- Prep them for counter offers. If they’re already employed, there’s a good chance they’ll get a counter offer to stay. Remind them of the non-monetary reasons they wanted to work with you, and let them know this frequently happens, but that working with a company that’s been forced to give you a raise is often unsustainable.
4. Check out Niche Job Boards
These days there’s a niche job board for almost every job. A lot of times, people who aren’t necessarily looking for work like to check them out, just to get a feel for what’s going on in their industry.
If you’ve got a great job posting, you might just be able to snag some great talent that just happened to be out surfing the niche boards that day.
A few boards to check out:
- WeWorkRemotely – Specializes in remote jobs, with a focus on startups.
- AngelList Jobs – Job board specifically for startup jobs.
5. Encourage Employees to Participate in their Communities
For example, one of our software engineers at Betterteam blogs about what he’s learned using a particular programming language while building our app.
This contributes back to the community of programmers working in this language, which is worth doing on its own.
But it also gets our name out there as an employer among exactly the type of engineers we’ll need to hire in the future. Encourage your employees to contribute back to their community, and even consider making time for them to do it each week.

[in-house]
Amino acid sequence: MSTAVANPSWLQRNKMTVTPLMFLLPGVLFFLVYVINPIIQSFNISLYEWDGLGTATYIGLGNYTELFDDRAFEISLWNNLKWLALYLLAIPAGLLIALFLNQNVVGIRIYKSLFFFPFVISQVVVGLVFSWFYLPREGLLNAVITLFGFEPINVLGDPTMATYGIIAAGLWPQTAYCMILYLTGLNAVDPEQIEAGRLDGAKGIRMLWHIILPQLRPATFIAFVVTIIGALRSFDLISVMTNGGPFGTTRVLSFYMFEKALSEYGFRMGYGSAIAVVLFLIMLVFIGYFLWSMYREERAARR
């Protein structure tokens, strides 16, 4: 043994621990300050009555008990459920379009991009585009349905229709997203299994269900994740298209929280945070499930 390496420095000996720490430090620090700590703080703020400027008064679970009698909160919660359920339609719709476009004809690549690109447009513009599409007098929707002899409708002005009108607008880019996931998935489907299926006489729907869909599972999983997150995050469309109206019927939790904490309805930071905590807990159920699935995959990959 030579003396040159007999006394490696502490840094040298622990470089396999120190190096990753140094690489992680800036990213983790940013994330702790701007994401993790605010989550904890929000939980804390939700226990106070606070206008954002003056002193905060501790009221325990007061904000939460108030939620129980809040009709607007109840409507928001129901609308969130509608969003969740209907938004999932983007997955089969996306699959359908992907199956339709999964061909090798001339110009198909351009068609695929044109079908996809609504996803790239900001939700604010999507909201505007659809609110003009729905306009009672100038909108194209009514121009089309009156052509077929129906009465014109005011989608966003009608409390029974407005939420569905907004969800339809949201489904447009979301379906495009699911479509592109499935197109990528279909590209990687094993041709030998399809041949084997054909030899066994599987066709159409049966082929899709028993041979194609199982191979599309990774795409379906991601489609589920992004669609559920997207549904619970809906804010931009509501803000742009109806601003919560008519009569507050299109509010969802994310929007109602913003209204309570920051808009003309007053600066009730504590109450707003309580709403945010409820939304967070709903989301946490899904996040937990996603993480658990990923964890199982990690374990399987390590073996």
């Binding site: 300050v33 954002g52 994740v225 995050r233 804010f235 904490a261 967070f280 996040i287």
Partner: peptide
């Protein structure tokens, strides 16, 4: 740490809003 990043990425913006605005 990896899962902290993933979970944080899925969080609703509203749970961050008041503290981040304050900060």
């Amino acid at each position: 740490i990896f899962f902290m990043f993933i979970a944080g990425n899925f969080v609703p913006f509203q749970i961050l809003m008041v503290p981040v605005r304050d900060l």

6. Scale Up and Find Talent with Remote Freelancers
I know how it can be, hiring for a startup. You really want to hire for a position, and you think you’ve got it figured out that you can definitely pay for it.
But what if you can’t? What if something goes wrong, right when you hire the person, and suddenly you’ve brought on a new person and have trouble making payroll?
There’s no need to put yourself in that position. Jump on a site that makes it easy to hire remote freelancers, such as Upwork, and you’ll solve multiple startup problems at once by outsourcing.
First off, these are contract workers. You hire them for projects. There’s no expectation or obligation for long term employment. In fact, the best thing to do here is find a very small, short term project, and test the freelancer on that. If all goes well, give them something bigger.
If things continue to go well, and what they add to the company is clearly bigger than their cost, you may end up hiring them down the road.
7. Be awesome.
Treat people well every step of the way in your hiring process. Get to them faster, follow up better, and make them feel appreciated.
The junior engineer you pass on today might be the senior engineer you hire in a few years. The growth hacker who takes another position might have a killer recommendation for you.
Let the word get out that you treat employees right, and you’ll get some good employer karma.
One concrete thing I recommend is being sure to email all declined candidates to let them know they’ve been declined. Don’t tell them why they’ve been declined, but instead let them know that it was a competitive process, and explain why you chose the person you did.
It’s a nice gesture that allows people to move on in their job search, and will make them much more likely to have positive things to say about you as a potential employer.
Ready to hack the hiring process? Apply your beginner’s mind to the hiring problem, look for the opportunities competitors are missing, and built your team.
Have your own hiring hacks? Let us know in comments!